Browsing by Subject "pilottikokeilu"

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  • Särkkä, Hanna (Helsingfors universitet, 2015)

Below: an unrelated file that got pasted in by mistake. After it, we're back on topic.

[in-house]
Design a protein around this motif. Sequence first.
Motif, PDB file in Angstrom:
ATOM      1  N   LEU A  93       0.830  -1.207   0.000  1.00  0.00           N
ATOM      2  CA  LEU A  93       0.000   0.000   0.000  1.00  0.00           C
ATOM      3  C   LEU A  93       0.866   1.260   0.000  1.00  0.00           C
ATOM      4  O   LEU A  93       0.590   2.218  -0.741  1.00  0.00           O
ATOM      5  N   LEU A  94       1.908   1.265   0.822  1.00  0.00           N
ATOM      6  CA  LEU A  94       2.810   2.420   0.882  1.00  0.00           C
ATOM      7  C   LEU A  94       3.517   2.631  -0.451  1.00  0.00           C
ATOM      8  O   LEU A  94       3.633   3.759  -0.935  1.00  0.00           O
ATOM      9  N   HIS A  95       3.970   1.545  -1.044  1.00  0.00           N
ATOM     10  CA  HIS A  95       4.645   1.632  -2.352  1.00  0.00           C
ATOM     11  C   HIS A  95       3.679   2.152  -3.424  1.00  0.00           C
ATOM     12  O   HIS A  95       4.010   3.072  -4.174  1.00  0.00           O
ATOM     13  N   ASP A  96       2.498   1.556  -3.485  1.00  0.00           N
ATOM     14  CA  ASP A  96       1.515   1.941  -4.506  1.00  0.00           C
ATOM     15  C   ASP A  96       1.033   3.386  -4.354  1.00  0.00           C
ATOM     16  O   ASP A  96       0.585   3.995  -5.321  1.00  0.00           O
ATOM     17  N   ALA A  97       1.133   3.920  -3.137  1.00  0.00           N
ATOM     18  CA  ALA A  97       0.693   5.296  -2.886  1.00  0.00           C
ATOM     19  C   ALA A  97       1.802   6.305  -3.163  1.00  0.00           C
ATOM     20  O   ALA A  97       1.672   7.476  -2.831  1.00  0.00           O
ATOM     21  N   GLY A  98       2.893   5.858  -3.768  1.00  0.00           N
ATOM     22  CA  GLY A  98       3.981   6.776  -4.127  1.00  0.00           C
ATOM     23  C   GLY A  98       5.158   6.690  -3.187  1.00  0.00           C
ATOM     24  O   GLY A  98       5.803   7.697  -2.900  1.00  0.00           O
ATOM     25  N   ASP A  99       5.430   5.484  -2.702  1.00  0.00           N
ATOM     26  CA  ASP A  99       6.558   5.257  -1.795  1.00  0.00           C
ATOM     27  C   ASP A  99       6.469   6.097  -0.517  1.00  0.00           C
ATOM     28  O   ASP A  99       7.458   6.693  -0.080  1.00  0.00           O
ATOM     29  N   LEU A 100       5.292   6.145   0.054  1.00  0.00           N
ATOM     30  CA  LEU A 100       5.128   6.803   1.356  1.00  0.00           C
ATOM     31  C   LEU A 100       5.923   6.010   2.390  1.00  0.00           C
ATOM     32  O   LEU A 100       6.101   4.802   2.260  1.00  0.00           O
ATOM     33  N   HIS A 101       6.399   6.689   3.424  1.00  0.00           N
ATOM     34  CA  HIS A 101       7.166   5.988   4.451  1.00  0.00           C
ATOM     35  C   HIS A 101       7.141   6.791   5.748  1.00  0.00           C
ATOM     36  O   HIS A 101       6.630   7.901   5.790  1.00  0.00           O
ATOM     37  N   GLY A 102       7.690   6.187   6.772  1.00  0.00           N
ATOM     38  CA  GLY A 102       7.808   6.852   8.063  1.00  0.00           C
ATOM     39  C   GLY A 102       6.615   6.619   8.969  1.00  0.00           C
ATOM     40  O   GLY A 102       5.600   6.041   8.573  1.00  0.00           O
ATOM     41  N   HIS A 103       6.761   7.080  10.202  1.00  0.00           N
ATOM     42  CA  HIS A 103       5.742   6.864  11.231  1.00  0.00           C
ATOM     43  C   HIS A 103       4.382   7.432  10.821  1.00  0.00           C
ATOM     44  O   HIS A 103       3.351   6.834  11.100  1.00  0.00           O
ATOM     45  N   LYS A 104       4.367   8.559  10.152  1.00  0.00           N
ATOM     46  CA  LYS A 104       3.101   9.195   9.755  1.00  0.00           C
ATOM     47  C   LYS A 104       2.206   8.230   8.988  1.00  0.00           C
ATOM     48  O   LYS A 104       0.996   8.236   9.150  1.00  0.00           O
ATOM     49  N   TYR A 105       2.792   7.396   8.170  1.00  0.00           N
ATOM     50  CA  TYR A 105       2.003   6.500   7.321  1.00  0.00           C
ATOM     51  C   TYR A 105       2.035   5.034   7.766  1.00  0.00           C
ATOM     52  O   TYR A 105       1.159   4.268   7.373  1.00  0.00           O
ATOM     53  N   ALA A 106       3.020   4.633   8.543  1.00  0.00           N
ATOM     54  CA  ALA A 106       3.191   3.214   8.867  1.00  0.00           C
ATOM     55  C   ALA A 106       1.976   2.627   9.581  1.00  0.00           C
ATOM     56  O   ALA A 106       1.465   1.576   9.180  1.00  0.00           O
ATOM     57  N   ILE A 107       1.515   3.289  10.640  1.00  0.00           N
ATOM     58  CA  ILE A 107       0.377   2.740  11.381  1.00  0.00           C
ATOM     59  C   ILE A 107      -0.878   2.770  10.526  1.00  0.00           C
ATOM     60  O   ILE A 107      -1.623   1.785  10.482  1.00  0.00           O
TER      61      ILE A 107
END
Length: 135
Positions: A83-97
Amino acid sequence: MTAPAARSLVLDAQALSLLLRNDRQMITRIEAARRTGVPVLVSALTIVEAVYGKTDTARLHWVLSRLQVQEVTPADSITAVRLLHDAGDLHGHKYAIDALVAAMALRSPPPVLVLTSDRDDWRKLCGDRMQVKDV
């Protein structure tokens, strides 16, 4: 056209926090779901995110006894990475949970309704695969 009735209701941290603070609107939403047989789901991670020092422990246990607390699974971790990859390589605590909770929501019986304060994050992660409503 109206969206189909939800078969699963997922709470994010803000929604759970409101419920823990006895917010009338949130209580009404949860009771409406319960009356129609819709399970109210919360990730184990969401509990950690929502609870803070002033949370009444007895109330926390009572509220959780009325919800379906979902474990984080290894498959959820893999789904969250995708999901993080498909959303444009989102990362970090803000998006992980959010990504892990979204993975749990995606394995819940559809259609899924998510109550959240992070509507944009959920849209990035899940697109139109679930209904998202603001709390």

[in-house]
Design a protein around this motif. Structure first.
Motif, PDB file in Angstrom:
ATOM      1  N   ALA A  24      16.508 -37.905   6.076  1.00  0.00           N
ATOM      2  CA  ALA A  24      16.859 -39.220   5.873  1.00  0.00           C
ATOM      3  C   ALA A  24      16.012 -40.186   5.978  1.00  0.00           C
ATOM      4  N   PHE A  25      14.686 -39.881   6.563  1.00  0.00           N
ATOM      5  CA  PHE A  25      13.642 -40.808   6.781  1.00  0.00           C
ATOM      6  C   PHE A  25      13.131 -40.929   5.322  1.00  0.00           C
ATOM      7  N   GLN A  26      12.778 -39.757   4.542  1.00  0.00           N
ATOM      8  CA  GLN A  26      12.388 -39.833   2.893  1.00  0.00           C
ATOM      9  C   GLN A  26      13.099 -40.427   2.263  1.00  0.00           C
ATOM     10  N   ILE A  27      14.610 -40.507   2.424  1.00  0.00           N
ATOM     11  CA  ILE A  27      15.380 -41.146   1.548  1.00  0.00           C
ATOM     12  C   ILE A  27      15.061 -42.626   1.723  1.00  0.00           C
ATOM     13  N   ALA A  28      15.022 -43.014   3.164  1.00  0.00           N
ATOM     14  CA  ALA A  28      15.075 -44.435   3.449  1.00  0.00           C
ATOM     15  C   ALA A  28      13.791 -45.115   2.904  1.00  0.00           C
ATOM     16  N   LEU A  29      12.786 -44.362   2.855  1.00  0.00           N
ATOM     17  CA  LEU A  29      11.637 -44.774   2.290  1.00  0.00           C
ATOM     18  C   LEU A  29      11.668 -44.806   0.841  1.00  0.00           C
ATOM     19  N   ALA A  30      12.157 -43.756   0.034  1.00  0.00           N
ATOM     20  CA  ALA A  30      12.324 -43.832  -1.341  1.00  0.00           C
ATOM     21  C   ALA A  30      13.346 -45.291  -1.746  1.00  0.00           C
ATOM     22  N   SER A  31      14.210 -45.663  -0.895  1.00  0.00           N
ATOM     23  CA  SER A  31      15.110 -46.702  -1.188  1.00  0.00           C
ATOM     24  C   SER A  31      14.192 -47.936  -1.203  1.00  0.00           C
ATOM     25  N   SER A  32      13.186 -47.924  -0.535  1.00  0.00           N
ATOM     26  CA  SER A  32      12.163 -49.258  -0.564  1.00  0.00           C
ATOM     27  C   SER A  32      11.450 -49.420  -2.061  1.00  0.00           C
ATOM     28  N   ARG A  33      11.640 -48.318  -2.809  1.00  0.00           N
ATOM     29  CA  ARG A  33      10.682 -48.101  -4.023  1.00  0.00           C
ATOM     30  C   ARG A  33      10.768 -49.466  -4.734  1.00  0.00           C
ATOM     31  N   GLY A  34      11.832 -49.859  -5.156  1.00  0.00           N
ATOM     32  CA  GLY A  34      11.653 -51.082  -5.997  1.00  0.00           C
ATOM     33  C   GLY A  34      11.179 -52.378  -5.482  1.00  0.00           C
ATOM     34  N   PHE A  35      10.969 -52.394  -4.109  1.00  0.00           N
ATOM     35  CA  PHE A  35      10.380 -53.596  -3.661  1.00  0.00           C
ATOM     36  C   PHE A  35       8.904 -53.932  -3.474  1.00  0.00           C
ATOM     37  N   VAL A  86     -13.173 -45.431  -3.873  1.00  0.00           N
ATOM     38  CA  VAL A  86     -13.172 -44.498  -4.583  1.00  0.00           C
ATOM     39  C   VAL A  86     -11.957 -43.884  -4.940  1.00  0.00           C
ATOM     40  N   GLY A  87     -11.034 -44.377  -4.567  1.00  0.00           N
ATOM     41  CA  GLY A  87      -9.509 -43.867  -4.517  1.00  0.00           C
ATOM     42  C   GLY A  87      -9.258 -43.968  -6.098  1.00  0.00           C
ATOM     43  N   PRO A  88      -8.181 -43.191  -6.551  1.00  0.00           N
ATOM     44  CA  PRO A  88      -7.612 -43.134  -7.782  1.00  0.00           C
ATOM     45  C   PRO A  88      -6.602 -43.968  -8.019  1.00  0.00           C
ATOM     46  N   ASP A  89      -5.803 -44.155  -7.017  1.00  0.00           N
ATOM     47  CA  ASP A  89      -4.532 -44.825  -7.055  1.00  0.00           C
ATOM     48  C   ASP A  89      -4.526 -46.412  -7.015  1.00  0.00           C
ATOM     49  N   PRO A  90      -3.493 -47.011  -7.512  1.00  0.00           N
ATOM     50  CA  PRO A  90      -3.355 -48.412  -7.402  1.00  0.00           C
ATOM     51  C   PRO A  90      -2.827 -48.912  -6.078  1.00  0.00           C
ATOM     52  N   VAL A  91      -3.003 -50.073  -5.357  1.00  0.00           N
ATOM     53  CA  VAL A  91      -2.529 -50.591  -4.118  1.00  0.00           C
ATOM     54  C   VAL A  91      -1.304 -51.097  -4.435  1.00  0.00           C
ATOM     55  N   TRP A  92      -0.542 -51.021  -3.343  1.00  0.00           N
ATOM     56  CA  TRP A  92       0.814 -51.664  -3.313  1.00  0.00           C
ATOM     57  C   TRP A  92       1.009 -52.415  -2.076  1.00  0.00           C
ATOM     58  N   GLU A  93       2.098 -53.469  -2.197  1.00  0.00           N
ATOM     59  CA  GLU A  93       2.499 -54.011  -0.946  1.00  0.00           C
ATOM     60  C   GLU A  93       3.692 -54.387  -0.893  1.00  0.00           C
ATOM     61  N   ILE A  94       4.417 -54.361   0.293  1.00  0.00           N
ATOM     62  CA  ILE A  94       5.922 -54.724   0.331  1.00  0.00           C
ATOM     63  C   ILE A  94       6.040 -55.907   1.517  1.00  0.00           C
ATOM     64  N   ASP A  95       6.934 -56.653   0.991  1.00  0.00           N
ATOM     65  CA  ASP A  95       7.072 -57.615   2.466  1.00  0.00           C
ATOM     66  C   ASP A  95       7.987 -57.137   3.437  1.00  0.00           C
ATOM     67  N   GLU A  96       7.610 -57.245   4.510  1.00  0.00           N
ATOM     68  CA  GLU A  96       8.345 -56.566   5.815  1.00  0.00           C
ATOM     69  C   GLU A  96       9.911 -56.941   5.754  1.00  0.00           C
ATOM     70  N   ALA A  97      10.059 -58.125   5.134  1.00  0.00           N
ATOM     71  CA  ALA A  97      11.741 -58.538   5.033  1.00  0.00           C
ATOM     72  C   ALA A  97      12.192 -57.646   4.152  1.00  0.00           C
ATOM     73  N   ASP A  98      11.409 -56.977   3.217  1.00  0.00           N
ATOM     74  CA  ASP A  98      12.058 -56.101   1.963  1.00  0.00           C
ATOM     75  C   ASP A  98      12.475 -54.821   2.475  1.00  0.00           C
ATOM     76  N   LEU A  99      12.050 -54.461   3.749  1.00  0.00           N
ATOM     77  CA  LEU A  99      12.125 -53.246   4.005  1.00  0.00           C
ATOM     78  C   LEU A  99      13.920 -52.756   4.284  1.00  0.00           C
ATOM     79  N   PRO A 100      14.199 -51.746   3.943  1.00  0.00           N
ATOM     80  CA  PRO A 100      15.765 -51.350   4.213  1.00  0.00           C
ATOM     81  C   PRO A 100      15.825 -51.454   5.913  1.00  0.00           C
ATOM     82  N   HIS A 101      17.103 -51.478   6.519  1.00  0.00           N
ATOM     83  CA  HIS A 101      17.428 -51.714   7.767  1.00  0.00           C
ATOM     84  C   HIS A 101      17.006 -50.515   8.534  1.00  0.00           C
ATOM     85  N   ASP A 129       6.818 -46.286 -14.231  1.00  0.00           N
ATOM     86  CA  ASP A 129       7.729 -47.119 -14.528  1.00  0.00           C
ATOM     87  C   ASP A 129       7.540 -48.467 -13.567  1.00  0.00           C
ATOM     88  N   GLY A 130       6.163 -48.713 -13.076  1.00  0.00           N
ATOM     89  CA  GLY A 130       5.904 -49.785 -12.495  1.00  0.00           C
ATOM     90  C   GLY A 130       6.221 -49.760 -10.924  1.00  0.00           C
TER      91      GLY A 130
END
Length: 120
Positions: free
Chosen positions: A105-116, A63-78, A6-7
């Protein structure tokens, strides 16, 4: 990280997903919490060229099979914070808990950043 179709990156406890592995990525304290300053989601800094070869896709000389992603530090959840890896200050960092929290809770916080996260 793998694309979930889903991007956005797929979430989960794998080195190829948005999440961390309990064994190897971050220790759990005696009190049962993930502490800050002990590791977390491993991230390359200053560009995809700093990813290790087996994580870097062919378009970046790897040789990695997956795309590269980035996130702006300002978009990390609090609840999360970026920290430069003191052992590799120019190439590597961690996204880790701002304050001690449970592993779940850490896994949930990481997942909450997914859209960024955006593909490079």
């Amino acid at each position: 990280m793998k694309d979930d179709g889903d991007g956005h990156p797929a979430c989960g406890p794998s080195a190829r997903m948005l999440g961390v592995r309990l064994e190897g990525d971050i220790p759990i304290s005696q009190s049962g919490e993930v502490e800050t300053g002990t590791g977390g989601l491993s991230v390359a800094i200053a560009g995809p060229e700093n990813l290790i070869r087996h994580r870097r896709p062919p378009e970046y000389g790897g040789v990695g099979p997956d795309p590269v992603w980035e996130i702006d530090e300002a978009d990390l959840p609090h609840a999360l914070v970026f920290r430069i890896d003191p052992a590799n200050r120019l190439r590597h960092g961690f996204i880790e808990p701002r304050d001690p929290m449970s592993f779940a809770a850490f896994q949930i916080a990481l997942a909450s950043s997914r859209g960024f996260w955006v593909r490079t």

Mindfulness is regarded as the cognitive ability of being aware of what is happening at the moment, without judging or trying to reach certain goals (e.g. Napoli, 2004). Mindfulness as a part of school teaching is discussed more and more, but there is still only little academic research on the topic (Burke, 2009). Mindfulness meditation practices have been proved to positively change brain function (Davidson et. al., 2003), and to increase mental well-being, learning and self-acceptance (Grossman et. al. 2004; Chiesa, Calati & Serretti, 2011; Carson & Langer, 2006). In addition, mindfulness as a part of teaching can help pupils to discard the mindless way of learning, which restricts learning and the perception of new information (Langer, 2000). A few pilot studies have been conducted in the United States (Napoli, Krech & Holley, 2008; Flook et. al., 2010), which gave the base for this study. The aim of this study was to run a pilot study on using mindfulness meditation practices in primary school teaching, and to find out the success and usability of the method according to the experiences of the pupils and the teacher. The research questions are: 1) How did the pupils experience the mindfulness meditation practices? 2) How did the teacher evaluate the experiment and the usability of the method in class? 3) What did the experiences of the pupils and the teacher, as well as observation, reveal on the success of the experiment and on the usability of the method at school? The data of the study was gathered in a sixth grade class in primary school. 17 of the 24 pupils in the class participated in the study. The pupils took part in mindfulness meditation practices twice a week for a month. After the practices they answered a short questionnaire, and after the last practice a longer questionnaire. The teacher answered to an e-mail interview in the beginning of the study and another one at the end. Additional data was gathered by observing in the classroom. The data was arranged by using the methods of content analysis, and analyzed by the methods of discourse analysis, using also some methods of narrative analysis. The practices regarded mostly as a positive, or at least a neutral experience. Both the pupils and the teacher used a discourse that referred to achieving in school world, on the other hand both of them also spoke of the practices as a way of relaxing and finding peace of mind at school. The pupils also reported they were experiencing something new and strange, and some of them expressed need of speaking out their feelings and thoughts. The teacher regarded the practices more as a way of getting in touch with one's inner self rather than as a way of activating attentiveness. She tended to avoid the practices in restless situations in class, even though in her opinion the method was useful and meaningful in general. The results reveal the need for mindfulness practices in schools for discarding the mindless approach to studying as something boring, which would open new possibilities for multi-dimensional learning. In addition, mindfulness practices may serve as a method in processing feelings. For best results, the teachers using the method should be given enough information on the versatility and the benefits of mindfulness meditation practices.